Investment and Productivity Growth - A Survey from the Neoclassical and New Growth Perspectives
This paper reviews the wide literature on investment and productivity with the debate between the neoclassical and the new growth theories providing a context for discussion. Both schools of thought regard investment, broadly defined to include purchases of tangible assets, human capital expenditures, research and development efforts, etc., as the fundamental source of improved productivity and economic growth, but the two views diverge on the exact transmission mechanism. Most importantly, the neoclassical framework focuses on internal returns to investors who appropriate the benefits of new investment, while new growth models emphasize external effects as productivity gains spill over to others. This crucial dichotomy leads to differences regarding the role of investment as a source of growth, policy prescriptions, and implications for long-run gains in productivity and living standards. The paper then reviews several empirical and conceptual issues relating to investment and productivity and outlines areas for future research.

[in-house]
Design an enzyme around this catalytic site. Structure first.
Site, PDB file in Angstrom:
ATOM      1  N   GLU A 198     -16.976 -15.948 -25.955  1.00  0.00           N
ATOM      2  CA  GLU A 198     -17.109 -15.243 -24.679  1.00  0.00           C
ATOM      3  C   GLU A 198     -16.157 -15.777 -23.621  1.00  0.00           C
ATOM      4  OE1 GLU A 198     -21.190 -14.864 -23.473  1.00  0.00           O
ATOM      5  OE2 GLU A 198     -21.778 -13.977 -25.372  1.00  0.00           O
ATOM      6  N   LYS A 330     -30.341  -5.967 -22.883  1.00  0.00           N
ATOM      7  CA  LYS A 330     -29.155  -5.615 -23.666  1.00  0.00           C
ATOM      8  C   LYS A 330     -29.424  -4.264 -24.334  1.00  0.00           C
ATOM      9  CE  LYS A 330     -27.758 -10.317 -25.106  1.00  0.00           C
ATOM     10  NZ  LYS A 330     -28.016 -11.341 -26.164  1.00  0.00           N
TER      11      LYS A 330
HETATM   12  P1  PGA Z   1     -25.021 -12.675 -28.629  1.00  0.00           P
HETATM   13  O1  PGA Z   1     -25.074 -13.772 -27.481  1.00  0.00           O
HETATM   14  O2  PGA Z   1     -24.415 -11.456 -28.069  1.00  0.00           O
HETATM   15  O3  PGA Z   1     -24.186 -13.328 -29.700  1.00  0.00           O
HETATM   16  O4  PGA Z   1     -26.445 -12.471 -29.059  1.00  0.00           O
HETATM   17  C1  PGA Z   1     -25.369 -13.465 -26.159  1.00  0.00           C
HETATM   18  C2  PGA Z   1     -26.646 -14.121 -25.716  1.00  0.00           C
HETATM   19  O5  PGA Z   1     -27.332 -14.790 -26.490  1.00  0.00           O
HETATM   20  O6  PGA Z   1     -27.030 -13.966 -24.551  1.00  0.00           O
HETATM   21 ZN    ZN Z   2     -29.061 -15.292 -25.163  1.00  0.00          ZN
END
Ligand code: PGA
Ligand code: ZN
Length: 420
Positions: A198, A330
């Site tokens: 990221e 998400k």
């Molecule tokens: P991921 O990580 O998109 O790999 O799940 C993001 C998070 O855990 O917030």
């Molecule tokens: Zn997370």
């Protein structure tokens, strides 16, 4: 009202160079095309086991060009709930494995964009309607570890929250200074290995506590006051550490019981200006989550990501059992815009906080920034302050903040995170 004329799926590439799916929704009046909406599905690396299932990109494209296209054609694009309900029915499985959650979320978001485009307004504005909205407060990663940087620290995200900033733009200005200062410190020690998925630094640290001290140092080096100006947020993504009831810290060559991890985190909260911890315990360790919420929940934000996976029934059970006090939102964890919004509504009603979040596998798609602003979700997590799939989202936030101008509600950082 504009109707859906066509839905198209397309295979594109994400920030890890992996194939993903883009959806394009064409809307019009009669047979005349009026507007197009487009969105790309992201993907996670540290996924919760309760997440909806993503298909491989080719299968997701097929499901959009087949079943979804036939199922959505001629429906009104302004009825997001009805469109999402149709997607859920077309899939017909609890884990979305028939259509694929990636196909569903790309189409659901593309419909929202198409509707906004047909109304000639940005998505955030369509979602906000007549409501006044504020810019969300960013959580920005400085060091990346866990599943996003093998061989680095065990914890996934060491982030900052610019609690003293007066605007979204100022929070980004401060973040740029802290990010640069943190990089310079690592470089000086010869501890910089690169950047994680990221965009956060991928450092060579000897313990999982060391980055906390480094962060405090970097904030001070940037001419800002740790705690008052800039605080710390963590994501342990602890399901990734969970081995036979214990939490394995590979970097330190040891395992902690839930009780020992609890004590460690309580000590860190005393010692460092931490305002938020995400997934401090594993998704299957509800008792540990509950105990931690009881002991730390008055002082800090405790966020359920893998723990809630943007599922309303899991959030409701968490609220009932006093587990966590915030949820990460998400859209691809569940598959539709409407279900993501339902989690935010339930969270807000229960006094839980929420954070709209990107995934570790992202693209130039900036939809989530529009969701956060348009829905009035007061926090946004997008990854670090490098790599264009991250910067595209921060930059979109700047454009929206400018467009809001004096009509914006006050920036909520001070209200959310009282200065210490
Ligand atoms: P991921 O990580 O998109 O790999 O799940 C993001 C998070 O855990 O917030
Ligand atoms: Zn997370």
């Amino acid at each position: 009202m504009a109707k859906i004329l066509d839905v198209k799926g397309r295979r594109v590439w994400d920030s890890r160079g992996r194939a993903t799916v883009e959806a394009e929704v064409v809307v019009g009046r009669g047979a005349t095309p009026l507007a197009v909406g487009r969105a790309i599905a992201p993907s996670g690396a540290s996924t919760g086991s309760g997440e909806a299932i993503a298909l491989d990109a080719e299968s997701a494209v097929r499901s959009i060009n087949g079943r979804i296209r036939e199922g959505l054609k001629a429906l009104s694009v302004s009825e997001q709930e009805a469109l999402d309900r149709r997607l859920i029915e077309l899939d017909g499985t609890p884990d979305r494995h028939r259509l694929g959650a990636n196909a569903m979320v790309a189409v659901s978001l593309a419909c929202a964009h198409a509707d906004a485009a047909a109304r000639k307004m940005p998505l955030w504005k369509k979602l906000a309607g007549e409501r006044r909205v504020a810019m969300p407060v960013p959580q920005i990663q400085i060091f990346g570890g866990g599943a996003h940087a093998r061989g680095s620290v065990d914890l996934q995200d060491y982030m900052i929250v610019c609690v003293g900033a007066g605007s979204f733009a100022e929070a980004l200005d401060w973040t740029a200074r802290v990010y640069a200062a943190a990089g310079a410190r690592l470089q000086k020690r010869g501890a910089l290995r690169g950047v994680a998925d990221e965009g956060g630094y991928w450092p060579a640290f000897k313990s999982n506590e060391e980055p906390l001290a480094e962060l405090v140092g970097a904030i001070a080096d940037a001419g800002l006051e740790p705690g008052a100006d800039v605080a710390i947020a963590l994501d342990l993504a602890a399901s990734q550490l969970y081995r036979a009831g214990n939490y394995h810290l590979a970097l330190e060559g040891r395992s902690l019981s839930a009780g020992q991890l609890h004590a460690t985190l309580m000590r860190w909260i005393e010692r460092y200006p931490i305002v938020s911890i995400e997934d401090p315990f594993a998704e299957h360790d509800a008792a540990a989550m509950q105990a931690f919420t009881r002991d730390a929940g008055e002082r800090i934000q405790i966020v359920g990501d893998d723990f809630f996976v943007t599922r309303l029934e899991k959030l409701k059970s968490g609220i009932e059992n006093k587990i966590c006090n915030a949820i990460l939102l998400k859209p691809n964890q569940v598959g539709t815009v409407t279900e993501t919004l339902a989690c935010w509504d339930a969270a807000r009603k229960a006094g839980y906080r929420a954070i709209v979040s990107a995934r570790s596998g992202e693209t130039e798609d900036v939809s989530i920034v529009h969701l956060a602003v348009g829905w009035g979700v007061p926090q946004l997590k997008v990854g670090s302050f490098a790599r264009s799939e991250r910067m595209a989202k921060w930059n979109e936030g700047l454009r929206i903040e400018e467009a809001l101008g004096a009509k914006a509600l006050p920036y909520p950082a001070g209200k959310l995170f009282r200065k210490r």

To our knowledge, this item is not available for
download. To find whether it is available, there are three
1. Check below under "Related research" whether another version of this item is available online.
2. Check on the provider's web page whether it is in fact available.
3. Perform a search for a similarly titled item that would be available.
|Date of creation:||2000|
|Contact details of provider:|| |
Postal:Canada; Industry Canada, Publications Officer, Micro-Economic Policy Analysis, Industry Canada 5th Floor, West Tower 235 Queen Street, Ottawa Ontario K1A 0H5
Web page: http://www.ic.gc.ca/
More information through EDIRC